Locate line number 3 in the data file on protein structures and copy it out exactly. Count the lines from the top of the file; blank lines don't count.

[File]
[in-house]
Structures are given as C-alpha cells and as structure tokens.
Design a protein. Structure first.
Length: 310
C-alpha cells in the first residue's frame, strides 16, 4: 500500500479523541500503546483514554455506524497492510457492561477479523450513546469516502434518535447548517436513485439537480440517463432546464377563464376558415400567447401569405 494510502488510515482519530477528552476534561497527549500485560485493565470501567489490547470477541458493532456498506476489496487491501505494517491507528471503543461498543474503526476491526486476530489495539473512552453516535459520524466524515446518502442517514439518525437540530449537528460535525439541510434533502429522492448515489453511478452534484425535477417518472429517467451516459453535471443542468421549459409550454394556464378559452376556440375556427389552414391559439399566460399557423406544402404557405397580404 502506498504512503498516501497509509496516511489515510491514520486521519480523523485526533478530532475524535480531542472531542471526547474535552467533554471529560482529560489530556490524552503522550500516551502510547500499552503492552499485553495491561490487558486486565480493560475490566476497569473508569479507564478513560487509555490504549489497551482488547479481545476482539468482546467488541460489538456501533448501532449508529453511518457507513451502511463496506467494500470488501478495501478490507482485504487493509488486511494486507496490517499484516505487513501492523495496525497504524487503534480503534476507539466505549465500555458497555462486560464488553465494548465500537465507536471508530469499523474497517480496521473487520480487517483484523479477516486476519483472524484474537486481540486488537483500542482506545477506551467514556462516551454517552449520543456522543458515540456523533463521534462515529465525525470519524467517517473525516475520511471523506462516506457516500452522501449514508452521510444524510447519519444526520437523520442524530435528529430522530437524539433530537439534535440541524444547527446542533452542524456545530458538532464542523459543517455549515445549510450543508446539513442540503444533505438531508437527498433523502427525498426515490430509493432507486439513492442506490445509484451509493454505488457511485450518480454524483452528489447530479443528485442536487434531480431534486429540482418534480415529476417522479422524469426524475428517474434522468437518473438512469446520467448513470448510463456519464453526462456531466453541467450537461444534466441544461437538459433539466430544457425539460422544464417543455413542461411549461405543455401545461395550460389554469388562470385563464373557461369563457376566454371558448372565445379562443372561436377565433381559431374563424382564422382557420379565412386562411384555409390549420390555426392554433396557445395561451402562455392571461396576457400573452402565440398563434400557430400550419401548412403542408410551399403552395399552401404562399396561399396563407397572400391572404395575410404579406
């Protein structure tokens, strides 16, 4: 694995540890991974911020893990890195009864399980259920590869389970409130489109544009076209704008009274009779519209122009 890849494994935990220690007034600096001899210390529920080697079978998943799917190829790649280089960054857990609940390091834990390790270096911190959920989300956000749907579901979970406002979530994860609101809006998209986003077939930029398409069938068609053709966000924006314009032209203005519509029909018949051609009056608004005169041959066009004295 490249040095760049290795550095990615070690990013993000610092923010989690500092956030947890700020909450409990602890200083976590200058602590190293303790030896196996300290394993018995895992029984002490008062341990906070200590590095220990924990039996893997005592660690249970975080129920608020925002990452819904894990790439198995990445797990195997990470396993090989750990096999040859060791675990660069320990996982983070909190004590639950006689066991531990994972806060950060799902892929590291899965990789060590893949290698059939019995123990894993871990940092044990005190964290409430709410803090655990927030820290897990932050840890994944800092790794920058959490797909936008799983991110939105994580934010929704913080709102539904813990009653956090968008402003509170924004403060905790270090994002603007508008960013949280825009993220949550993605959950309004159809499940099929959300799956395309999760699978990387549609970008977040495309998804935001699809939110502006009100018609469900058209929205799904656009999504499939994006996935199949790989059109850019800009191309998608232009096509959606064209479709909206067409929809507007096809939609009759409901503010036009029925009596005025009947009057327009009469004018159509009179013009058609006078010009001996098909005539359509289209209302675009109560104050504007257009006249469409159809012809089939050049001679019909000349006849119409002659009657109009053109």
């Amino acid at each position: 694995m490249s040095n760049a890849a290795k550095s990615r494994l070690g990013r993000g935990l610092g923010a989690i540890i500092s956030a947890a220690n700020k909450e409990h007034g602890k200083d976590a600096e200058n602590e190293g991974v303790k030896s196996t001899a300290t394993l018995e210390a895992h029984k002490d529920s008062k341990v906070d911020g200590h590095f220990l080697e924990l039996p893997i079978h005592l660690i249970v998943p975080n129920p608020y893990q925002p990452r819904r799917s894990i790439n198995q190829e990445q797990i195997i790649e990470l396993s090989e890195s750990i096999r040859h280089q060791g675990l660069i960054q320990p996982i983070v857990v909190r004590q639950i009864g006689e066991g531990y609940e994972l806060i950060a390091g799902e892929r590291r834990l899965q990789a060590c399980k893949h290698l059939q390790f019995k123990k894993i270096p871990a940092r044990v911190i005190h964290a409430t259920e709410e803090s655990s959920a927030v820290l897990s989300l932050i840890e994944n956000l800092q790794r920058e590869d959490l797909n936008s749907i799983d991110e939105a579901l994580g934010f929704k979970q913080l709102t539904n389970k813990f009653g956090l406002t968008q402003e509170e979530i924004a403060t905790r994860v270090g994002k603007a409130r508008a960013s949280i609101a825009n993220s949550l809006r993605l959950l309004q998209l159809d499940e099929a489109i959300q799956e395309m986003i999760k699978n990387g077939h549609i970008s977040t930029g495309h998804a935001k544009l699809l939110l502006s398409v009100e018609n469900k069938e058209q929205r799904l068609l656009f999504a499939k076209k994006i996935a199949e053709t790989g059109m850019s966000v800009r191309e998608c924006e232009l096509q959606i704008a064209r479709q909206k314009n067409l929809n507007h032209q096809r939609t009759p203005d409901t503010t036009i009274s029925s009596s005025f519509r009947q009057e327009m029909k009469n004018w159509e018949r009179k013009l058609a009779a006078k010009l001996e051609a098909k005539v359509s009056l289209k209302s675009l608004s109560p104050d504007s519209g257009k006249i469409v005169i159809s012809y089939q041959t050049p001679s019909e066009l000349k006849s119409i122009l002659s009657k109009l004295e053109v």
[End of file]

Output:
Design a protein. Structure first.